Roz Marketing - March/April 2021





11271 Ventura Blvd. #612 Studio City, CA 91604 Inside This Issue pg 1 ∙

The Secrets to Conquering Overwhelm

Food for Thought

pg 2 ∙ pg 3 ∙ pg 4 ∙ pg 5 ∙

From the Practice Corner

Member Spotlight

Save the Date for Our Virtual 6th Annual Tax Resolution Success Summit

Shout Outs!

pg 6 ∙ pg 8 ∙

Terror Tale of the Month

IRS Terror Tale of the Month The IRS Battles a Bank Over the Worth of Prince’s Estate

Photo credit: Yves Lorson

When international rock star Prince died of a fentanyl overdose in 2016, his family was dismayed to discover that he’d passed without a will. A massive estate battle ensued. The tug of war between Prince’s six siblings and half-siblings was in the news for years, and now, the controversial estate is back in the headlines thanks to an announcement from the IRS. In January 2021, the IRS revealed that according to its calculations, Comerica Bank & Trust had undervalued Prince’s estate by a whopping $80 million. Comerica, the estate administrator, claimed Prince’s assets were worth $82.3 million, but the IRS says that, counting Prince’s music publishing and recording interests, it’s actually worth double that — $163.2 million to be exact.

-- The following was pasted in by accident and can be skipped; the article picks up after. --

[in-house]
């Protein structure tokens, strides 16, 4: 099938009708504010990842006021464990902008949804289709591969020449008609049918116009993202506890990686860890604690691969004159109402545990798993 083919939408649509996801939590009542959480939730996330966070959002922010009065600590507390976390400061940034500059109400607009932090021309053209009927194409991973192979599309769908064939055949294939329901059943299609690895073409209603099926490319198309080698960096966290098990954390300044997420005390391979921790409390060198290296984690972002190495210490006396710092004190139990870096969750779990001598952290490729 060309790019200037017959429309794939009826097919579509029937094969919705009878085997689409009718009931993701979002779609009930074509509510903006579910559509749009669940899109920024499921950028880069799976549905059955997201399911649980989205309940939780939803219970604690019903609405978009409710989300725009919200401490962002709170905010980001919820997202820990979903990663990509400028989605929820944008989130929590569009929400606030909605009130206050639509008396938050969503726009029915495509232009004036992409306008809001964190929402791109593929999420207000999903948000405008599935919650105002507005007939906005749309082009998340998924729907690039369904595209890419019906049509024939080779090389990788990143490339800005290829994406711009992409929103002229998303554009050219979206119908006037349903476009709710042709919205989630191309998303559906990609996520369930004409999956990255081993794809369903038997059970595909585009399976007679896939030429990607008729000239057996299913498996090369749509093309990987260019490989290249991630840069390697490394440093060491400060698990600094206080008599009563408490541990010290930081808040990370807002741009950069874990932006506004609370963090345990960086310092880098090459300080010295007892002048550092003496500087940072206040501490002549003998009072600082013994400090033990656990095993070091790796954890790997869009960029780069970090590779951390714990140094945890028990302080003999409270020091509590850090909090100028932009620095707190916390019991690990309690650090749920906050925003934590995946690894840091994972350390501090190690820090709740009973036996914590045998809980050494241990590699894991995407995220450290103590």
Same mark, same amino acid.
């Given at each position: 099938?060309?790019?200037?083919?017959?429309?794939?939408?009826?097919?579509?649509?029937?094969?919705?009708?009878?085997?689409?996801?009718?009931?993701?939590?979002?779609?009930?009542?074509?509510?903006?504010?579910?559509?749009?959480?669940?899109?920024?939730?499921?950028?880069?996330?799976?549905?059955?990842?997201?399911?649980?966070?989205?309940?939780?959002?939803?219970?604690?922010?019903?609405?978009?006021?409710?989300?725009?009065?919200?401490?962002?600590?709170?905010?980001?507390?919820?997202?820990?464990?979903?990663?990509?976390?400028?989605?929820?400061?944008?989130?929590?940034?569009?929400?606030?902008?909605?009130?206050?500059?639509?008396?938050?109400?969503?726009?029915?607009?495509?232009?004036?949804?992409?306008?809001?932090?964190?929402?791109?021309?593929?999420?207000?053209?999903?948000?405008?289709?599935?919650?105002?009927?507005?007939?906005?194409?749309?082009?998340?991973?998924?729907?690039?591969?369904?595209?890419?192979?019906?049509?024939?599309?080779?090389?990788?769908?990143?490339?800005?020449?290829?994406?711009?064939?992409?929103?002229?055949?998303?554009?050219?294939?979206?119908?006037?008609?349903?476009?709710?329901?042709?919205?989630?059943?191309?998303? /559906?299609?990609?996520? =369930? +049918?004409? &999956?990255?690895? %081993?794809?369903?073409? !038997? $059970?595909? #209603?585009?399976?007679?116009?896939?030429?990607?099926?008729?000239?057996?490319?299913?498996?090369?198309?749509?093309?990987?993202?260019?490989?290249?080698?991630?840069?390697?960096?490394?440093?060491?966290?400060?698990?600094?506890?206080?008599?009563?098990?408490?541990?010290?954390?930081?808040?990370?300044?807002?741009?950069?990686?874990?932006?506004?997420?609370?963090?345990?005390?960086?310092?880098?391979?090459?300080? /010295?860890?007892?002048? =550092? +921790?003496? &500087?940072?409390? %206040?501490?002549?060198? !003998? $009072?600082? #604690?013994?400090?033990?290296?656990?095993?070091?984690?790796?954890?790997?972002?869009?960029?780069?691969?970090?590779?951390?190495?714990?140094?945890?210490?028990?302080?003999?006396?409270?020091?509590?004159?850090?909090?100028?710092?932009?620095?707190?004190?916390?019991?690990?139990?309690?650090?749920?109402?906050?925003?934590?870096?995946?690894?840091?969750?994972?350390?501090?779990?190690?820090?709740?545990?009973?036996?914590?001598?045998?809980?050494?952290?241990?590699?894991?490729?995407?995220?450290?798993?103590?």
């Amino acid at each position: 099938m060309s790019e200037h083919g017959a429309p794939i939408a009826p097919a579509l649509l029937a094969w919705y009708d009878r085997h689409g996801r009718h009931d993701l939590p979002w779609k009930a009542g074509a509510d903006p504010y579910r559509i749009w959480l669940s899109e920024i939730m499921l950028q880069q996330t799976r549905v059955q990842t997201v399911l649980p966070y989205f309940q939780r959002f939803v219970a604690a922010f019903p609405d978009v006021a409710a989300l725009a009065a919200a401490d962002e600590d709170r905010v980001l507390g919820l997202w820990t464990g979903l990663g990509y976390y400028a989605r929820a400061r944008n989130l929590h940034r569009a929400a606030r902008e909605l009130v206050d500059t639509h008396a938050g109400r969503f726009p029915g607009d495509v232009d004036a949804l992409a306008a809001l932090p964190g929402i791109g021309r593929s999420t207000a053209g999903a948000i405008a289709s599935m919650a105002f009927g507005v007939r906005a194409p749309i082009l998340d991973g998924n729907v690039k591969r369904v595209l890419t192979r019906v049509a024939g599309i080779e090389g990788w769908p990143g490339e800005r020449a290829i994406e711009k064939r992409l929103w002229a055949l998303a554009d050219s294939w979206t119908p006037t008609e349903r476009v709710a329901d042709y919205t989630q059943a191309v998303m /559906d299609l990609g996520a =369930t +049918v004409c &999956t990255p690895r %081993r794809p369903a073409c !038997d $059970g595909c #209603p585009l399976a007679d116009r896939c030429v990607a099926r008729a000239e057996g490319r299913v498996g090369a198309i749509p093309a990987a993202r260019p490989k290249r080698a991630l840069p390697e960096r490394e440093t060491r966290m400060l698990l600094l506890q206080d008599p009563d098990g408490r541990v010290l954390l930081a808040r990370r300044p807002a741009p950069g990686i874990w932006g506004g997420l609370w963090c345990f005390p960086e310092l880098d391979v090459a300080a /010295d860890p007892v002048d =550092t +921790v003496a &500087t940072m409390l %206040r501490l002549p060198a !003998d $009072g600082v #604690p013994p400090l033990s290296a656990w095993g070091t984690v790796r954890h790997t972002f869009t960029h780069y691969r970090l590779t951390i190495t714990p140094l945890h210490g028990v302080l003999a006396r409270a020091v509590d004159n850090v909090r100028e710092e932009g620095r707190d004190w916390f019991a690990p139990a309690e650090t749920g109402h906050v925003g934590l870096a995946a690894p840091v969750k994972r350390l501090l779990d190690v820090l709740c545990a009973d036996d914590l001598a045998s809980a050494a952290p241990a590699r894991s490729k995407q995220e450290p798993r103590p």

The IRS is invested in this probate fight because if its calculations are right, then the estate owes an additional $32.4 million in federal taxes. On top of that, the agency wants Prince’s heirs to pay an additional $6.4 million as an “accuracy-related penalty” for Comerica’s mistake. But Comerica won’t back down. The bank sued the IRS in U.S. Tax Court, claiming that its original estimate was accurate and, as the Associated Press (AP) puts it, “the agency’s calculations are riddled with errors.”As we write this, Comerica’s trial request is pending. “What we have here is a classic battle of the experts — the estate’s experts and the IRS’s experts,”estate planning attorney Dennis Patrick told AP.

It’s unclear who will triumph in this case, but regardless of the outcome, it’s certainly a terror tale for Prince’s heirs. To resolve the dispute, they’ll likely have to shell out additional funds for court filings and legal fees and may even be stuck spending another five years in court. If Prince were alive he might be singing the blues instead of rock ‘n’ roll.

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